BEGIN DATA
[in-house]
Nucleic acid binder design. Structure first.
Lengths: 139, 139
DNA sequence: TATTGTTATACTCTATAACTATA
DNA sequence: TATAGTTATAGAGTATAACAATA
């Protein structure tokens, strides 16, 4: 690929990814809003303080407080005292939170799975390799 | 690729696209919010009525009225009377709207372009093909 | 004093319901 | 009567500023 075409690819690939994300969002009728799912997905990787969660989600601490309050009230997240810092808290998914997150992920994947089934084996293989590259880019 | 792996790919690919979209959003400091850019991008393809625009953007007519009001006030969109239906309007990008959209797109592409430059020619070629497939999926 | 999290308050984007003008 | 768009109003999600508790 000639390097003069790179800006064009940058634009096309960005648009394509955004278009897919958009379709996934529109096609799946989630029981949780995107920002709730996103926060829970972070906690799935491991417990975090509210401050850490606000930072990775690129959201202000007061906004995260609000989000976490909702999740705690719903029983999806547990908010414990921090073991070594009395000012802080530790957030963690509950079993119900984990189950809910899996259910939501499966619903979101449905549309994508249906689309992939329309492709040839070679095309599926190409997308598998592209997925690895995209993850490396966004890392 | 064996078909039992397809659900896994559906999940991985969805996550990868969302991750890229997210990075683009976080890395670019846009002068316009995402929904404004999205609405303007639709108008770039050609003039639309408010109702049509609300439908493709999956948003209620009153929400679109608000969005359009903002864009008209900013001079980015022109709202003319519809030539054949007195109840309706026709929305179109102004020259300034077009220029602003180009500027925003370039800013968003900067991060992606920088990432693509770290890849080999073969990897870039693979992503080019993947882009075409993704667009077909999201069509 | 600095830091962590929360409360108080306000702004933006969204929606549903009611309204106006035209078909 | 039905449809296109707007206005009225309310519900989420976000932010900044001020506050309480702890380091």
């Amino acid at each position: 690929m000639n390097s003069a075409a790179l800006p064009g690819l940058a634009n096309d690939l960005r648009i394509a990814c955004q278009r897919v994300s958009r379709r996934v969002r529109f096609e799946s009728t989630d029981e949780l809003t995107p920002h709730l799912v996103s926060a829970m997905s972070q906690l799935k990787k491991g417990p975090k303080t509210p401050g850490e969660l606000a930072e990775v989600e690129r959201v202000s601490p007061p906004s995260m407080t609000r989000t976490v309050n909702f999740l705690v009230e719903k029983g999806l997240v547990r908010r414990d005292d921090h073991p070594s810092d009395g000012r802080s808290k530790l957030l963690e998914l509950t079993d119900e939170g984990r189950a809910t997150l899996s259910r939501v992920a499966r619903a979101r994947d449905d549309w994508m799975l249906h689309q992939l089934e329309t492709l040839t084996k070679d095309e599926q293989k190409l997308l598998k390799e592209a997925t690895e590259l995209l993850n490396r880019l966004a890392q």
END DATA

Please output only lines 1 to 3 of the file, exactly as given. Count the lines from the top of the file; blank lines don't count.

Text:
[in-house]
Nucleic acid binder design. Structure first.
Lengths: 139, 139